Forgiving My Past

In my practice of returning to my inner child, I’ve started to learn more about the somatic experiences in my adult self. The tightening of my jaw, furrowed brows and my collapsed posture all mimic my fear responses (or fight/flight response) of my inner child whenever I heard Dad storming upstairs ready to beat the living daylights out of me, or when I sheepishly walked down the hallways at high school, hoping bullies like Jeff and John wouldn’t notice me. All those moments were terrifying. I’ve never really acknowledged how much my heart raced every day at high school, listening to the crowds in hallways jeering me for no reason other than boredom, and mindless thrills. My heart pounded through my chest when I sat down in a classroom filled with bullies who had no business being there. Heck, most of them didn’t even have a pen or paper to write with. Teachers were merely their babysitters, putting up with their obnoxious remarks. Some teachers even checked out and just kept talking through the noise. They probably figured, what the heck. If they don’t want to listen and learn, that’s their business. I’m still doing my job!

I got my fair share of getting shoved from behind, knocking me down to the floor, and having bullies like Jeff and John overcrowd my space to scare the crap out of me. It worked. I was a target, and it was easy entertainment for them. I was quiet, meek and had little to no self-esteem. How could I growing up in a physically abusive home, with no role models to encourage nor support my development? I was often told to shut up, you can’t do that, stop talking, you’re worthless. At school, I walked with a collapsed chest, head down. Bullies like Jeff, John and others like James and Samir in my older years, looked at me with disdain. For no reason, they didn’t like me very much and made fun of me and robbed me of my dignity. I couldn’t tell anyone about it because I had no one to tell. I also could not articulate in words what was going on. I wasn’t even aware that my heart was racing, and on high alert Every. Single. Day. Both at home and at school. I wanted to cry, but I didn’t know how to. I wanted to fight back, but I wasn’t brave enough to. I wanted to shout, but I was too scared to stand alone. I was living in fear.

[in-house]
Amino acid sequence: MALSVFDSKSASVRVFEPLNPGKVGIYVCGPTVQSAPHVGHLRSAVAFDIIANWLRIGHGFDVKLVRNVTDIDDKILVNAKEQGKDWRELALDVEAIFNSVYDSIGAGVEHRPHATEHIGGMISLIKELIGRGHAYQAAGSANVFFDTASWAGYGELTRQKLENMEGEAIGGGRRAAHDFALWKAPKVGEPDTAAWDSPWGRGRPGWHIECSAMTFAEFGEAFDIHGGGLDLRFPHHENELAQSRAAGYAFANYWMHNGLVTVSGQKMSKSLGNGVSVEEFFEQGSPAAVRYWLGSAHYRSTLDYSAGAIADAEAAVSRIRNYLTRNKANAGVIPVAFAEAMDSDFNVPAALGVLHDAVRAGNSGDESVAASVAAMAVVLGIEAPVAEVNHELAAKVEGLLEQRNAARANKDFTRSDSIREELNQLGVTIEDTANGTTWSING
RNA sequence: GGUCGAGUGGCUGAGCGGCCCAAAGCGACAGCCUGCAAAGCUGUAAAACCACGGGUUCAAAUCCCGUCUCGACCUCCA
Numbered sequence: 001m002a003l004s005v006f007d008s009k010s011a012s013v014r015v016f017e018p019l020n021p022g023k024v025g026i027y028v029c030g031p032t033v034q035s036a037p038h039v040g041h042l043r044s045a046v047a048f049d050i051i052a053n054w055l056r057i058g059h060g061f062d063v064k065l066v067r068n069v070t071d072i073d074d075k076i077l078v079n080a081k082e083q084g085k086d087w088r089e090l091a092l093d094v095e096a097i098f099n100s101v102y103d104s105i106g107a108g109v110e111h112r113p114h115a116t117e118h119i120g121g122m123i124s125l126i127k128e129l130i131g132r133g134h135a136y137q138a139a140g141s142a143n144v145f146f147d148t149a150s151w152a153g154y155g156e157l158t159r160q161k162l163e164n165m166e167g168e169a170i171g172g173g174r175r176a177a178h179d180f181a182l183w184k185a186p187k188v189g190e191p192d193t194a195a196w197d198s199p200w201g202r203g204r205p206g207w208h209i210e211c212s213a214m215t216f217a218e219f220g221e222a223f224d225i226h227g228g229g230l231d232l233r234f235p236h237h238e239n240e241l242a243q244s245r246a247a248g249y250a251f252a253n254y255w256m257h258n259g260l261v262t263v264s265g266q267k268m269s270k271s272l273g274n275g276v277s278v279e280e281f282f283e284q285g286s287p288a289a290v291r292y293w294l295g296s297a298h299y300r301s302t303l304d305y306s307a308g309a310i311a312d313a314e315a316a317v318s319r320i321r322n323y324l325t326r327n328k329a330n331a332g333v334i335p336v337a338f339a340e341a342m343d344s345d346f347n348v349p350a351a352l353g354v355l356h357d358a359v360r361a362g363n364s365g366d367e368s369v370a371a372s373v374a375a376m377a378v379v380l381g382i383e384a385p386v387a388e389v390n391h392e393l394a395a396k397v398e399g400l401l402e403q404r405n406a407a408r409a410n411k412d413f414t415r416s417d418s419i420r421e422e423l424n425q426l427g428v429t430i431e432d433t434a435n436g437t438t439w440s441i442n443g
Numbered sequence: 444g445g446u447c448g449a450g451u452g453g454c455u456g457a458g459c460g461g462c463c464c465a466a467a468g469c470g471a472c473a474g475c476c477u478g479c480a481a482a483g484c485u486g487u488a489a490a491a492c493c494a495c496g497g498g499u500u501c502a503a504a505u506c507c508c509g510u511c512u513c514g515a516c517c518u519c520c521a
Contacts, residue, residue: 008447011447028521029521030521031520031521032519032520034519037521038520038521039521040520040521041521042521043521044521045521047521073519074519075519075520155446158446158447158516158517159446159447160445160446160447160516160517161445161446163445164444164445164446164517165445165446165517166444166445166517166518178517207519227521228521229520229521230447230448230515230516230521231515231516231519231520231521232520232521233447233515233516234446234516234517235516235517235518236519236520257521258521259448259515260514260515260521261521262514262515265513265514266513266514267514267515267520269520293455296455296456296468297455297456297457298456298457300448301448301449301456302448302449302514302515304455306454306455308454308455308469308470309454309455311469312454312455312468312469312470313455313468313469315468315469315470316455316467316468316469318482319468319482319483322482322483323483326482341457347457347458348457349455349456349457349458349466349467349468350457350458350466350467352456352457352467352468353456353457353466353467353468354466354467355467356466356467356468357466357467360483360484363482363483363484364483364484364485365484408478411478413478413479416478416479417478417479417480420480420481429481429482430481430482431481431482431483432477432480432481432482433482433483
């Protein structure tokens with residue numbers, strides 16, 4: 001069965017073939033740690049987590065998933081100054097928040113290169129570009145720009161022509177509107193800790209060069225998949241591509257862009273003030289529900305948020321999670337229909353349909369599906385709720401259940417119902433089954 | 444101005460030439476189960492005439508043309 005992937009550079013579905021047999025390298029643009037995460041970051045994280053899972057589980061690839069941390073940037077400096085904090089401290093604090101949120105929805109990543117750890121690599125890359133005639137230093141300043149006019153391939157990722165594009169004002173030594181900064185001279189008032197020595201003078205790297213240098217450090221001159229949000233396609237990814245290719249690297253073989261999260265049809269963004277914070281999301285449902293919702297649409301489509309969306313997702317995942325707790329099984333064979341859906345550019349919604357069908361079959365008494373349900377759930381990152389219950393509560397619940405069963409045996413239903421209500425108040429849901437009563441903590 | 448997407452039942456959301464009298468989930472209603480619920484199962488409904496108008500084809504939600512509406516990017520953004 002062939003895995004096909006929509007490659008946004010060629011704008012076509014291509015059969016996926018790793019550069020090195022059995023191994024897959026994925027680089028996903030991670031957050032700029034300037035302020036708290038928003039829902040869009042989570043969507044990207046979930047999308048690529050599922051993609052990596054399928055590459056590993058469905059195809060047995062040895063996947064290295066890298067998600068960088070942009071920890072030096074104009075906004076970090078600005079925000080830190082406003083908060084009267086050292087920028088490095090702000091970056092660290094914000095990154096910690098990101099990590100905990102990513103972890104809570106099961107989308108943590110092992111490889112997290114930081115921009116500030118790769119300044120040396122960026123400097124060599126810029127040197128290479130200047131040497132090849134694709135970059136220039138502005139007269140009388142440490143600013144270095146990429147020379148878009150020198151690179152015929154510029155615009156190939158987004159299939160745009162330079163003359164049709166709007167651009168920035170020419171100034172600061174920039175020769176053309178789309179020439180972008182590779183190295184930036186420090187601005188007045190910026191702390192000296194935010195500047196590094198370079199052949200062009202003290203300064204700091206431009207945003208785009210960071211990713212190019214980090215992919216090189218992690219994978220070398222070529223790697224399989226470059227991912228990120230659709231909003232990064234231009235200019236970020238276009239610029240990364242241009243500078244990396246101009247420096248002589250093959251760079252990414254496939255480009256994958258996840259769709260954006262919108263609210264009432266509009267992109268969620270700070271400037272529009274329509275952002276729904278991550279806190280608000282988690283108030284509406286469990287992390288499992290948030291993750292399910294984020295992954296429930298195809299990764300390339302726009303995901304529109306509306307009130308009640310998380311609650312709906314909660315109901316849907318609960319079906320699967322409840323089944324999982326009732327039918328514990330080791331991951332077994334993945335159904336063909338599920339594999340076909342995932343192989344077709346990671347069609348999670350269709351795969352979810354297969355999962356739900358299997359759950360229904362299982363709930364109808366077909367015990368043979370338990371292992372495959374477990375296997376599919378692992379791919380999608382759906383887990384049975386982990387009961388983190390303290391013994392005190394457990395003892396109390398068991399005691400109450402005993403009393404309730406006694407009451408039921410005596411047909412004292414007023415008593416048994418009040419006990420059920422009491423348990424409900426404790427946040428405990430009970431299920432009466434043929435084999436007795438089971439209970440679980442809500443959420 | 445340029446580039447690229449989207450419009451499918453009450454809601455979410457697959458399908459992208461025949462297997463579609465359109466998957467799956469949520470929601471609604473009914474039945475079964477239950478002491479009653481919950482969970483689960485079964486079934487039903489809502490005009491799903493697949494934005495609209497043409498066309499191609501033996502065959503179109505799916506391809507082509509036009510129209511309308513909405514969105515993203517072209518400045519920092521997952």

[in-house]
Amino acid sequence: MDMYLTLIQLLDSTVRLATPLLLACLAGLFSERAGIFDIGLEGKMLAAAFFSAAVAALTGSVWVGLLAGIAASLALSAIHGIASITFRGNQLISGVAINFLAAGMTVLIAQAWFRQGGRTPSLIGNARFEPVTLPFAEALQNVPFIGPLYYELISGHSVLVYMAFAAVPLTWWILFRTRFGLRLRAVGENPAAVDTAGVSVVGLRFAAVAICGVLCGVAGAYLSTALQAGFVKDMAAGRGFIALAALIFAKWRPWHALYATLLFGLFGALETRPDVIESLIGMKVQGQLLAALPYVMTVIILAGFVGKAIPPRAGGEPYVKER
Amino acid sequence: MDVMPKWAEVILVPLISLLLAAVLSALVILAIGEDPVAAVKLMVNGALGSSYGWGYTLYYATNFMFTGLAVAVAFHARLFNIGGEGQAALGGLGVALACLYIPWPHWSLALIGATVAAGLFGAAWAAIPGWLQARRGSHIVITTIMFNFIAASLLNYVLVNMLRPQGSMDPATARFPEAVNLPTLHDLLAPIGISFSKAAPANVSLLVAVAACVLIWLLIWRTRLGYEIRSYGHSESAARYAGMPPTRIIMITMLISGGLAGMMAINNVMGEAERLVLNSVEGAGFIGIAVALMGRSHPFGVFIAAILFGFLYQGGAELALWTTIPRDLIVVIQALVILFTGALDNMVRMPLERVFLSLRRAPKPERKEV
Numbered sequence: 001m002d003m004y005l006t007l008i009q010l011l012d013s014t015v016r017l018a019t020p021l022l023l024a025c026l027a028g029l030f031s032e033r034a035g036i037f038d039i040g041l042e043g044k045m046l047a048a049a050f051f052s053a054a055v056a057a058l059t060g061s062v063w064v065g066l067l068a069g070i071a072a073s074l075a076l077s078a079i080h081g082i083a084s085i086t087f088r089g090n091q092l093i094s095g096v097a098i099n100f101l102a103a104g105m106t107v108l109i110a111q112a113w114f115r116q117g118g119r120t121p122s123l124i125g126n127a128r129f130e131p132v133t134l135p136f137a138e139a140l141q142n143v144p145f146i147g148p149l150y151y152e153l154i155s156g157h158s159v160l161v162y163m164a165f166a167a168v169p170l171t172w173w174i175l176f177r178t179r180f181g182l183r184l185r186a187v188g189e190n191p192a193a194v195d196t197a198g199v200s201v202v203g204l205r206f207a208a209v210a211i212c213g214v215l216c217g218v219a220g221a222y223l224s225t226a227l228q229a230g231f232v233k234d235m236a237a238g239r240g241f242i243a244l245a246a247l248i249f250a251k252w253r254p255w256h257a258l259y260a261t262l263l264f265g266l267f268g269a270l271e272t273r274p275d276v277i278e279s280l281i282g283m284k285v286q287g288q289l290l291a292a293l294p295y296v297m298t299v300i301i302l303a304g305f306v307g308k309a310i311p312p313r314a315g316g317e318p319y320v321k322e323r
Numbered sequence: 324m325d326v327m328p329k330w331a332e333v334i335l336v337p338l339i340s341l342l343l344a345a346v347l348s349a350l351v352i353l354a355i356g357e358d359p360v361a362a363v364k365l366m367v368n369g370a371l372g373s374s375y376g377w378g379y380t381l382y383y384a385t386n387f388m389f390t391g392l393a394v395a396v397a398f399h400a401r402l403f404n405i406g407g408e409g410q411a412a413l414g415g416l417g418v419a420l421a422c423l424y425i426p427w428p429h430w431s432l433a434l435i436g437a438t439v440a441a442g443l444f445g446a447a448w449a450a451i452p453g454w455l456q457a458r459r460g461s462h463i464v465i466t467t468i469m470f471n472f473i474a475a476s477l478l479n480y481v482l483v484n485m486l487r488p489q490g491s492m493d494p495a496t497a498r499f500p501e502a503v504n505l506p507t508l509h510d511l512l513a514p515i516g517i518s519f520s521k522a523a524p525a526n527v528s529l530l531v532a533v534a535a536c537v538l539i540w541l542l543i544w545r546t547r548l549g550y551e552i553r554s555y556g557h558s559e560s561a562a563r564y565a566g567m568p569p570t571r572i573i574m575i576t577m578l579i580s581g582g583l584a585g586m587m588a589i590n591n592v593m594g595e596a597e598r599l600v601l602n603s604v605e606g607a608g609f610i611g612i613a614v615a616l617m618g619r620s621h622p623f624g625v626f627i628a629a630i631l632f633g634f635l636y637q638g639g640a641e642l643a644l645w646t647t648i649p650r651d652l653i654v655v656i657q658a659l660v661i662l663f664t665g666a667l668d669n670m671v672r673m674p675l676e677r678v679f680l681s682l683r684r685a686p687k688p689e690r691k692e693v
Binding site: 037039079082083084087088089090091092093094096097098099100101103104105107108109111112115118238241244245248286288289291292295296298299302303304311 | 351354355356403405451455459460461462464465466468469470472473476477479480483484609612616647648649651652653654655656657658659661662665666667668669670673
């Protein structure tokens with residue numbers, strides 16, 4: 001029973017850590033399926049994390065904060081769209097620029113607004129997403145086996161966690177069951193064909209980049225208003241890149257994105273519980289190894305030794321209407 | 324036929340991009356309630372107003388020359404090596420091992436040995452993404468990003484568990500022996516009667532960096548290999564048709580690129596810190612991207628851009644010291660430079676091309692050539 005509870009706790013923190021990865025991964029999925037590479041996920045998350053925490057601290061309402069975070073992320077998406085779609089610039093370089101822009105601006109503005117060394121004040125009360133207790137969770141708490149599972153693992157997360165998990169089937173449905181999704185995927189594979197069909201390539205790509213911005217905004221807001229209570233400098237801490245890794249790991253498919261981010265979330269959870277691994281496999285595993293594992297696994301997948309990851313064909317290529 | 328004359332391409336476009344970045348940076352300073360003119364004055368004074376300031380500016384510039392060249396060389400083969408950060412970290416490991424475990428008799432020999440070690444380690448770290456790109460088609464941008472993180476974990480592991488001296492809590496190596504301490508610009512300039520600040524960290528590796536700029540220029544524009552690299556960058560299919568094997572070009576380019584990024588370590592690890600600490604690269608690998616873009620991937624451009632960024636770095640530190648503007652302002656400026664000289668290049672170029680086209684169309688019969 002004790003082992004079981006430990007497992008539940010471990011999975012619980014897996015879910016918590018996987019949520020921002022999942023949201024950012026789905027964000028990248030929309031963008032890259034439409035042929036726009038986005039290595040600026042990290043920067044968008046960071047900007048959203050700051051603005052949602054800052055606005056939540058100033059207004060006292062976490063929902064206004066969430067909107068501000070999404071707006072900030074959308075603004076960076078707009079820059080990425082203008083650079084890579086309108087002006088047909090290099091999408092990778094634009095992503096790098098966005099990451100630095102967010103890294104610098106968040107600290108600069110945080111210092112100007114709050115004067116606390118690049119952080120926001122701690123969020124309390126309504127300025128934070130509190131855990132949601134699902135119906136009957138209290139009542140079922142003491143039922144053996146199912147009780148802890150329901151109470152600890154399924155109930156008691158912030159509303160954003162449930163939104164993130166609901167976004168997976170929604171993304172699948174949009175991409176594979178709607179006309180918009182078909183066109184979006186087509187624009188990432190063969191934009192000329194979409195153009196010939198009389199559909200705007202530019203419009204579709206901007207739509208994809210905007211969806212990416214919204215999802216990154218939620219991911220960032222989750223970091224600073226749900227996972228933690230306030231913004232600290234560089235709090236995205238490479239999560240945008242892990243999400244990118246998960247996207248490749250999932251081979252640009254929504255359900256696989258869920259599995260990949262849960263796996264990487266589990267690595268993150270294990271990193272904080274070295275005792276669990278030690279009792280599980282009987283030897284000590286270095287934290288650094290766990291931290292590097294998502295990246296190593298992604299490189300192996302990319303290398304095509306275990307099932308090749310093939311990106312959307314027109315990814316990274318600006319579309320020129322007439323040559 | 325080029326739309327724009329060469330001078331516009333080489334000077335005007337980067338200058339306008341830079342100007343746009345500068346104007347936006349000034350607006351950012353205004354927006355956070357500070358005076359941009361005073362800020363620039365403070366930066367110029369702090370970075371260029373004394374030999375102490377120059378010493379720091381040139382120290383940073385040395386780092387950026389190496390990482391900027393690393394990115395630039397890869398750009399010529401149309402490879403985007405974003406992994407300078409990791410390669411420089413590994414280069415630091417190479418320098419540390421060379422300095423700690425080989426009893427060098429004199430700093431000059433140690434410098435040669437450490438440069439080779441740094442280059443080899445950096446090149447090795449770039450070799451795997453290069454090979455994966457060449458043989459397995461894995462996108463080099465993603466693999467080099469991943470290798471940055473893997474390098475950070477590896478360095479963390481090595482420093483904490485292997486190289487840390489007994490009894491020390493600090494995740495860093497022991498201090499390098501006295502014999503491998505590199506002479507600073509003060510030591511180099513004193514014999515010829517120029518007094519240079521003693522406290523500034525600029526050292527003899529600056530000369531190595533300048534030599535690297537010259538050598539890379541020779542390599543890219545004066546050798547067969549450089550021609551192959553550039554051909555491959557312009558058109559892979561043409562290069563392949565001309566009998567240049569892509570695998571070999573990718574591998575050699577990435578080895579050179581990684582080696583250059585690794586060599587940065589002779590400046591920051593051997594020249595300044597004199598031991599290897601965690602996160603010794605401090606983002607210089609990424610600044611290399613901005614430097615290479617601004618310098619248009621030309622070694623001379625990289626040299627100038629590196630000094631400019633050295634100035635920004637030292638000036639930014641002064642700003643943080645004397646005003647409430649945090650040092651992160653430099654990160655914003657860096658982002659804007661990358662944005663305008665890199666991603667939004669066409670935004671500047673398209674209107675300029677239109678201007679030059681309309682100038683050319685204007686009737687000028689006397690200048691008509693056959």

I carried this shame throughout my adult life. It carries into my relationships, often feeling on guard, defensive and high alert to fight back. After all, that’s all my inner child could do; protect myself because there is no such thing as safety for him.

I’ve started becoming accustomed to using my internal resources when I feel an onset of tension in my body. The tension, or somatic experiences is this buildup of energy inside me that I can’t let go or release. I breathe, I ground myself and I feel the tension, yet often times that energy of my stored trauma remains in my chest, jaws and forehead. One of my resources includes embodying different parts of my adult self (ie the Confident Mental Health Speaker in me, or the Compassionate and Kind me). It’s a process but well worth the effort to bring me back to a state of equanimity. When that energy is released, it feels so rewarding. It literally feels like I was holding onto my breath for days, and finally can let go and relax.

I’ve struggled over the years on understanding forgiveness. I’m starting to grasp that it’s not about letting the bullies and abusers from my past off the hook. What they did was horrific and unacceptable. Forgiveness is not holding onto my pain. Holding onto my pain compromises my peace. Why would I give up my peace in place of anger, defensiveness and shame? Letting go, however can feel undermining to my experiences of being bullied. I think there’s a middle ground which I see as acceptance. By accepting what happened and letting go of the physically stored trauma, I can unburden my spirit, and leave it with the infinitely spacious Universe to look after. I can breathe again when I let my tension flow out to the Universe and give my physical body the rest it needs from holding onto the pain. I’ve endured so much suffering and it has been difficult. Now it’s time to grieve for my inner child and allow him to emerge from hiding. He no longer needs to curl up in fear.

Forgiveness is allowing what happened flow out to the Universe. It’s about not giving my power of peace to the hands of others who hurt me. Afterall, they had zero awareness of what they were doing. They were ignorant and lacked judgment. They lacked the education and self-awareness. They were also more than likely dealing with their own pain. They needed to own their own shit, but were incapable of it. Instead they chose to let out their pain by hurting others, namely myself. I was their outlet. It doesn’t make it OK at all, but it’s too great a burden to bear for anyone to take the blows of other people’s suffering. I relinquish myself of that responsibility.

The pain I sometimes still feel trapped inside me is mine to look after. It’s my body and spirit that I need to nurture and care for. That pain is energy that I can move to eventually release gently to the hands of the Universe. I can be free and not be on high alert all the time. This is the beginning of forgiveness.

Published by Jason Lee, Author

There’s something greater to be learned in our journey otherwise life would just be too predictable and I’m not quite willing to accept that!

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